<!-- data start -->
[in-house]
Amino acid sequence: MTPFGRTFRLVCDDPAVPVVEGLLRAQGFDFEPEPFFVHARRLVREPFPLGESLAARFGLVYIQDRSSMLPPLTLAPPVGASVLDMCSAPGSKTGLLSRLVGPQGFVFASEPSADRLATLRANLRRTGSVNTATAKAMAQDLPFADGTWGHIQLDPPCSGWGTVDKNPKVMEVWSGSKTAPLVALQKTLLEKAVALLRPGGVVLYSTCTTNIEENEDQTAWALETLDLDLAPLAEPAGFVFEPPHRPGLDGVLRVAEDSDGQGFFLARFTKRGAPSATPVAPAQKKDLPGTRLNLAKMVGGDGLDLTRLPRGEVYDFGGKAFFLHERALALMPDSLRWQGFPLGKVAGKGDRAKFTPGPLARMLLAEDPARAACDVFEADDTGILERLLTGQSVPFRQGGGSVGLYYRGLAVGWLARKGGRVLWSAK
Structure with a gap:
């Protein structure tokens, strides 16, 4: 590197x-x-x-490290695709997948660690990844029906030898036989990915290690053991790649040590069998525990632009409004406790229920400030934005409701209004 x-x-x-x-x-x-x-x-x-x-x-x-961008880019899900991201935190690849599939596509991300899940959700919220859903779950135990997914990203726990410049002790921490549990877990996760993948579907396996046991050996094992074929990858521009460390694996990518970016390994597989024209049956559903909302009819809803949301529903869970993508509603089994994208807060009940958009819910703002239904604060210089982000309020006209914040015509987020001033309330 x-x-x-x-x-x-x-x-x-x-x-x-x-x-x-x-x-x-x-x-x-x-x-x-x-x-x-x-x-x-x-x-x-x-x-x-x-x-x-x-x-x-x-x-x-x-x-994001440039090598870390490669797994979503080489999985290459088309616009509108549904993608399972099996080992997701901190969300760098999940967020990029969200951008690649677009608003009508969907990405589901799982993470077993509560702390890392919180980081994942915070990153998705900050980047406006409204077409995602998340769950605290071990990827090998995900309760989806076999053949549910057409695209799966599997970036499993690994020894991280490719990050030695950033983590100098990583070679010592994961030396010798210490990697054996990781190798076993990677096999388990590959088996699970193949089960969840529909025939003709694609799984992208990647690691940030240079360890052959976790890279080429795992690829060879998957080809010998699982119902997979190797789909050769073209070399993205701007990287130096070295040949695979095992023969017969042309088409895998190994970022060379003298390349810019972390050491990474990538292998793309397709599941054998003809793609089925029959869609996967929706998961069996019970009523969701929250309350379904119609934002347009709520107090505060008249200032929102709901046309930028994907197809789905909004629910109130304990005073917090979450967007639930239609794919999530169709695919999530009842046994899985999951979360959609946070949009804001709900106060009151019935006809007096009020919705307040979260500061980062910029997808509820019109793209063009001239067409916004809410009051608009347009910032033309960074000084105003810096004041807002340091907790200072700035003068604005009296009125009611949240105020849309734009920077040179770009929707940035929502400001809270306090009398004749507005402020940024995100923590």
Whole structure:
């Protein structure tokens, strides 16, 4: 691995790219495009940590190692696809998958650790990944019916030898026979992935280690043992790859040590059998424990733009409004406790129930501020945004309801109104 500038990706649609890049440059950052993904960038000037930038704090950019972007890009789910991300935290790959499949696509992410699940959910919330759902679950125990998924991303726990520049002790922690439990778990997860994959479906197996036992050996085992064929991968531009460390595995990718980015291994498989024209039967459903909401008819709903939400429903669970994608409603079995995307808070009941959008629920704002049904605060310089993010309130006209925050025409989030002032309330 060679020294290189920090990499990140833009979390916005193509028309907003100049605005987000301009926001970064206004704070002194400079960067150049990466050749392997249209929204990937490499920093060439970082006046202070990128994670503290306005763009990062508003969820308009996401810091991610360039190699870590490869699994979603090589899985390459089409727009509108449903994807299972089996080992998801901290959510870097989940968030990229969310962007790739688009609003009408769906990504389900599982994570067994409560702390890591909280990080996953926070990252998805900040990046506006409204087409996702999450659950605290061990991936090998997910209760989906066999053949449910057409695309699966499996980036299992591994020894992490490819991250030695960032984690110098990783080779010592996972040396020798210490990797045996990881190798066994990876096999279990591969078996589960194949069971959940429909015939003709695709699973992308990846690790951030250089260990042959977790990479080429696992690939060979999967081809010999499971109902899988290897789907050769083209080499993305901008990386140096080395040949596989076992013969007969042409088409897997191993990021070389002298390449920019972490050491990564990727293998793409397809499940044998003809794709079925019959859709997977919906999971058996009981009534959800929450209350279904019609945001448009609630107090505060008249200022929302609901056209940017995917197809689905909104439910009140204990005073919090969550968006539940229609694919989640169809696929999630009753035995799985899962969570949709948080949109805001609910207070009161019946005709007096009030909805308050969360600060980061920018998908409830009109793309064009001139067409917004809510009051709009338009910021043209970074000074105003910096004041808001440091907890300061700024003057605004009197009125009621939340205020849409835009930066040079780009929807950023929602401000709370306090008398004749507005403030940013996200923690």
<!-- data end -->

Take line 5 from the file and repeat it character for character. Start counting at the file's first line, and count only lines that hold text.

Whole structure: